I really like using my Ekit with the covers band, as you say, 20 kits in one.
No mics and no tuning is true but I've found that the vagaries of PA systems have a dramatic affect on the reproduction of the kit, more so than mic'ing drums. You'd think drum samples would be the same but apparently it's not. Make sure you're familiar with editing your kit before you do a live sound check, especially eq'ing options.
 
I really like using my Ekit with the covers band, as you say, 20 kits in one.
No mics and no tuning is true but I've found that the vagaries of PA systems have a dramatic affect on the reproduction of the kit, more so than mic'ing drums. You'd think drum samples would be the same but apparently it's not. Make sure you're familiar with editing your kit before you do a live sound check, especially eq'ing options.
That's a great point! Fortunately (?), we use our own PA system with XAir mixer with configs based on the venue (very few of them), but your point is well-taken. I imagine it will be a bit more involved if we ever decide to gig at a venue with their own sound.
 
They look like real drums, play like real drums and sound like real drums. I'd argue they are real drums. For that price I get nearly 20 kits in one.

I've never before been a real fan of edrums and had NEVER considered playing them live. But, here I am.

Perhaps counterintuitively, I now have less gear to haul around and it doesn't take me as long to set up. No tuning. No mics. Only thing that remains to be seen is how soundcheck goes, but I anticipate a much shorter time based on how it went in the rehearsal space.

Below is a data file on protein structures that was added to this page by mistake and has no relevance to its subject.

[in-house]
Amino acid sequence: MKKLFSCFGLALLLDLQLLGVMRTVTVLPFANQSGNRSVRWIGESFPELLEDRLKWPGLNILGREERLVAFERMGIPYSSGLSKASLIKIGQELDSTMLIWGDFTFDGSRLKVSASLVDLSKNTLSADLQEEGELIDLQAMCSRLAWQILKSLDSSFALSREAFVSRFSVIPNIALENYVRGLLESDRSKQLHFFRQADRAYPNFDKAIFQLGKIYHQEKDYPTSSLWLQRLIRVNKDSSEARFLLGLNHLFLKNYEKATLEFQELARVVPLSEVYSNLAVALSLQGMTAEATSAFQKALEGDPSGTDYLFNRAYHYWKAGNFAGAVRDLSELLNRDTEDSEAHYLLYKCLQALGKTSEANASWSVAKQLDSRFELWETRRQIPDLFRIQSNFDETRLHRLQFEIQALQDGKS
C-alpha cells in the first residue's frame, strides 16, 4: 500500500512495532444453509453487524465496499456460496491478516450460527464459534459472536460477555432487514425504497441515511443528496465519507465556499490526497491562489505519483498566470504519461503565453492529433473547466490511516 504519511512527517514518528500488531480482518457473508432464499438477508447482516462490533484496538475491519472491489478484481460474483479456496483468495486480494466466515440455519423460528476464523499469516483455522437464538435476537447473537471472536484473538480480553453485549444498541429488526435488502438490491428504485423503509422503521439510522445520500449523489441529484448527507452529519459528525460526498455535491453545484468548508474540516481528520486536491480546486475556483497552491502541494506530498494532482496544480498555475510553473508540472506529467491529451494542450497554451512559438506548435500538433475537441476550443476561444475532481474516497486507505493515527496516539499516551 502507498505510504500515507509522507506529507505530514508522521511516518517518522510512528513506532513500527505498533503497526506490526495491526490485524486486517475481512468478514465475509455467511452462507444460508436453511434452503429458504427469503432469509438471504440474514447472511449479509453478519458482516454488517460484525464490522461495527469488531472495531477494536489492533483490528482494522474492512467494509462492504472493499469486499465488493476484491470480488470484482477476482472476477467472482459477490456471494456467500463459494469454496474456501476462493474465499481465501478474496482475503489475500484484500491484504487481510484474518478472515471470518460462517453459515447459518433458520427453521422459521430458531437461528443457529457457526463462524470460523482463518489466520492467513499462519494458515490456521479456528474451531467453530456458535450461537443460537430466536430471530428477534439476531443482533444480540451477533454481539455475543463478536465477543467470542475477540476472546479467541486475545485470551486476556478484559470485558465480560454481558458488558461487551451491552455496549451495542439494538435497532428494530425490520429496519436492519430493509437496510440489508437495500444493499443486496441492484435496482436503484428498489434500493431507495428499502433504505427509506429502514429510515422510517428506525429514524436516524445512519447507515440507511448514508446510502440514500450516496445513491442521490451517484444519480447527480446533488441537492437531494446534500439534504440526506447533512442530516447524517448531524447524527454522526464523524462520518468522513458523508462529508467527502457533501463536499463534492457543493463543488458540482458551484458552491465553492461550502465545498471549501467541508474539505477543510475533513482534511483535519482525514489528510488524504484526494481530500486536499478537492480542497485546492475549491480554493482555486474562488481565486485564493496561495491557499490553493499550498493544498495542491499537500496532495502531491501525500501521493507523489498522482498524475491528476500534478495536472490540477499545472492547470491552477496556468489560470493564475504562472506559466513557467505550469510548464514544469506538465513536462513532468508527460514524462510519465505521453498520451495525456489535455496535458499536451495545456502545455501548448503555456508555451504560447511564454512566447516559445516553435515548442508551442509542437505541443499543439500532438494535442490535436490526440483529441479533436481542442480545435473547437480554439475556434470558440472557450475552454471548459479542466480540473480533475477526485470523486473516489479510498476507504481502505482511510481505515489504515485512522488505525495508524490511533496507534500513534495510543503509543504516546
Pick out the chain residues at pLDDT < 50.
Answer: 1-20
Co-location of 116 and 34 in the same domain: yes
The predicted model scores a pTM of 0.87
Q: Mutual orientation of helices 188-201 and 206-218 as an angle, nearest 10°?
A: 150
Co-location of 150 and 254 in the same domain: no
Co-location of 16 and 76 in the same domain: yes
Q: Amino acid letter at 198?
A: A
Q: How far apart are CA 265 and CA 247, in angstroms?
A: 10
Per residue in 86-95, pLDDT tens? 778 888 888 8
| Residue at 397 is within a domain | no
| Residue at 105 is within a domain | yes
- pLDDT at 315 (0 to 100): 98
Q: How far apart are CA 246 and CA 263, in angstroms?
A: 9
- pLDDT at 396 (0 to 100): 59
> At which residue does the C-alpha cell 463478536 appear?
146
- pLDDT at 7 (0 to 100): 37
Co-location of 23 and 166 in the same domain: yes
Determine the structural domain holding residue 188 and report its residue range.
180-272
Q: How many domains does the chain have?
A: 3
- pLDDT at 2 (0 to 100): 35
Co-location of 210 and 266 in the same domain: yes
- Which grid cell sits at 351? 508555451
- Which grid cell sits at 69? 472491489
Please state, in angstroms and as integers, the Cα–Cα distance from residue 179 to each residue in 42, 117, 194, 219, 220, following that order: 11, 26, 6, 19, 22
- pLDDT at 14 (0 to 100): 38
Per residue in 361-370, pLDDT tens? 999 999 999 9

This is probably a ridiculous idea, but if each of your drums had a speaker in it (and there is room for that), than that would be a real evolution in electronic drums...where the sound actually comes out of the drums! This is the only way to me that they could actually start to approach real drums. What are you going to use for your personal sound reinforcement?
 
I have a handheld JBL flip speaker thst I play with that limits my max volume. So I play along to that now and I can play low enough no more complaints- that drove me to ekit. Something to add to my tool box- keeping it quiet. I cut old heads for dampening rings to tone kit down also so that helps.
 
This is probably a ridiculous idea, but if each of your drums had a speaker in it (and there is room for that), than that would be a real evolution in electronic drums...where the sound actually comes out of the drums! This is the only way to me that they could actually start to approach real drums. What are you going to use for your personal sound reinforcement?
They tried that already (with the bass drum at least- see 5.03) and it didn't exactly set the e-drum world on fire 🤷‍♂️

 
That's a great point! Fortunately (?), we use our own PA system with XAir mixer with configs based on the venue (very few of them), but your point is well-taken. I imagine it will be a bit more involved if we ever decide to gig at a venue with their own sound.
I've been gigging my DTX6 kit for just over 6 months now and the difference in PA abilities to reproduce it has been palpable. One venue we play at regularly has a quite expensive EV foh, but for some reason it really struggles with the toms. First time we played there I just did some basic eq adjustments from the module which was ok but not perfect. Second time there, and with a bit of experimentation at rehearsals, and I'm using sample laying with extra tom sounds with more punch and dryer than I would normally like, but the EV seems to like it and for that particular PA works perfectly.